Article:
Posts Tagged ‘history’

The week’s challenge topic is Monument. Here is a gallery of monument photos I have featured in the past, plus a couple of new ones.

The Boston area of the U.S. has a lot of history, though we are really a “young” nation compared with Europe. So, none of these monuments are really “old.”

The Library at Peacefield is from the 1800s.

So too, is the statue of Washington in the Public Gardens.

The original “Mayflower” that brought the pilgrims to America is long gone; the Mayflower II is a replica built in the 1950s.


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Jake’s topic this week is Natural Resources.

My favorite natural resource is trees. I absolutely love old trees. Next to my neighborhood they are taking an old farm and renovating it into a new senior center. One of the most precious natural resources of the old farm is its trees, which are hundreds of years old. They planted a lot of new bushes and trees as part of the renovation, but preserved some of the old trees that were still healthy.

Old Tree at Sachem Rock

Old Tree at Sachem Rock

Old trees show a life lived and have character, just like human faces, don’t you think?

The Satucket River winds through the woods around the farm-turned-senior center, another natural resource that originally made the land very desirable. This piece of land was settled early in American history. It was “purchased” by some of the first European settlers from the Native Americans who lived there in 1649; there’s a monument on the property on top of a giant rock. “Sachem” is the word designating a Native American “chief” or leader.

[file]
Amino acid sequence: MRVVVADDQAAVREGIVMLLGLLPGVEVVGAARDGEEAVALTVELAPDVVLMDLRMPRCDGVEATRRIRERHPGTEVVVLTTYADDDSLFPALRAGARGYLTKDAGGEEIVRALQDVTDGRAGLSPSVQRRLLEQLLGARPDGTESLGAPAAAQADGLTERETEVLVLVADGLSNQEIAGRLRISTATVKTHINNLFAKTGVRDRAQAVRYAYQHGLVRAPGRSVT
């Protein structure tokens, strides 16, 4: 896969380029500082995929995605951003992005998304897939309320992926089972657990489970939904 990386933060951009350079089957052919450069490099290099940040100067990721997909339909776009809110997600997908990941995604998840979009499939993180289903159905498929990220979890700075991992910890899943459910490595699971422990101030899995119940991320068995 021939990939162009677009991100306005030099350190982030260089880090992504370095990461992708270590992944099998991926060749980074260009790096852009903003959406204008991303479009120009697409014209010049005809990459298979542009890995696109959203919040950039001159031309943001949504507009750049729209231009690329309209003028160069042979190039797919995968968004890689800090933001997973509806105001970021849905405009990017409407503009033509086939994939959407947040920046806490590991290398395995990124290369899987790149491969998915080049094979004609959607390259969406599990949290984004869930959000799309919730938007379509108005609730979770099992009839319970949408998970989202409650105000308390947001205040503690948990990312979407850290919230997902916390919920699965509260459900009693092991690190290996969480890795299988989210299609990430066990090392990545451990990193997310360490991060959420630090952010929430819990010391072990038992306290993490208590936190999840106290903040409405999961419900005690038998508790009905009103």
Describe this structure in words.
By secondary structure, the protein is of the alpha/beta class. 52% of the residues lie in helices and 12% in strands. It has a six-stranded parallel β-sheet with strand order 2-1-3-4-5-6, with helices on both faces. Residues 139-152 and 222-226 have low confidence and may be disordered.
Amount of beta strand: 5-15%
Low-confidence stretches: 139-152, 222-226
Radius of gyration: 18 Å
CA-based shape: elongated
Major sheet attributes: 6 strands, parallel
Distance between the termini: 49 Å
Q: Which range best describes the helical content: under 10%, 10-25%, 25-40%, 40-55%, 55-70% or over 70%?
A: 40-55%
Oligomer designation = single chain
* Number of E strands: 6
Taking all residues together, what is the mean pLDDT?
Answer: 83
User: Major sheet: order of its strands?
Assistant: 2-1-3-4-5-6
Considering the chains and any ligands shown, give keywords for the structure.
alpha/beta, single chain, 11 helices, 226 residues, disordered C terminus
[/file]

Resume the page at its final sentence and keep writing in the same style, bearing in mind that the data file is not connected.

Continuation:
Sachem's Rock

Sachem’s Rock

The natural water was one important reason why certain pieces of land were desired when the Europeans first came to America. The abundant rocks in the area were another natural resource used by the farmers to make walls around their property and build structures. All these natural resources made the area great for farming and a perfect place to make a home.


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Massasoit monument

Massasoit monument

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I admit, I struggled with Jake’s latest topic. I think of villages as something they have in other countries, not the United States where we have towns and cities. To that end, I went to the “shoe box” to try to find a photo from an old trip to Europe that I could scan –nothing I liked. Then I thought a little harder. Within our small towns, there are areas of a few streets or a few blocks with their own names; these areas used to be “villages.”

I took this photo a year ago with the intention of showing the note on the window. (I don’t want to give away why…one of these days I will get a good shot; that’s for another blog post.) I took the photo from my car as I rode by, so I didn’t get the quality I wanted, but this little post office is important for another reason. It has historical significance; it is part of an area within our town called Elmwood.

The Elmwood church, kitty-corner across the street, recently closed and will be torn down. It used to be a bustling place where people gathered, and it also housed community theater. There’s a tribute at the library describing this. As for this post office, as far as I know, it still has post office boxes, but I think with recent post office cutbacks, they let the postmaster go. A local historian named Thomas Turner explained its connection to Abraham Lincoln in a 2009 interview:

Lincoln came back through the area in 1861 when his son Robert was attending Philips Exeter Academy in Andover. Robert continued his schooling at Harvard during the Civil War.

The Elmwood section of East Bridgewater was a very busy shoe factory area during the Civil War. Abraham Lincoln sent a request to the factory to have their own post office so they could ship the shoes directly to the Union soldiers.

Turner believes the little post office is still in use.

“Most places don’t have a small post office anymore,” Turner said. “In most other towns it would have been long gone.”

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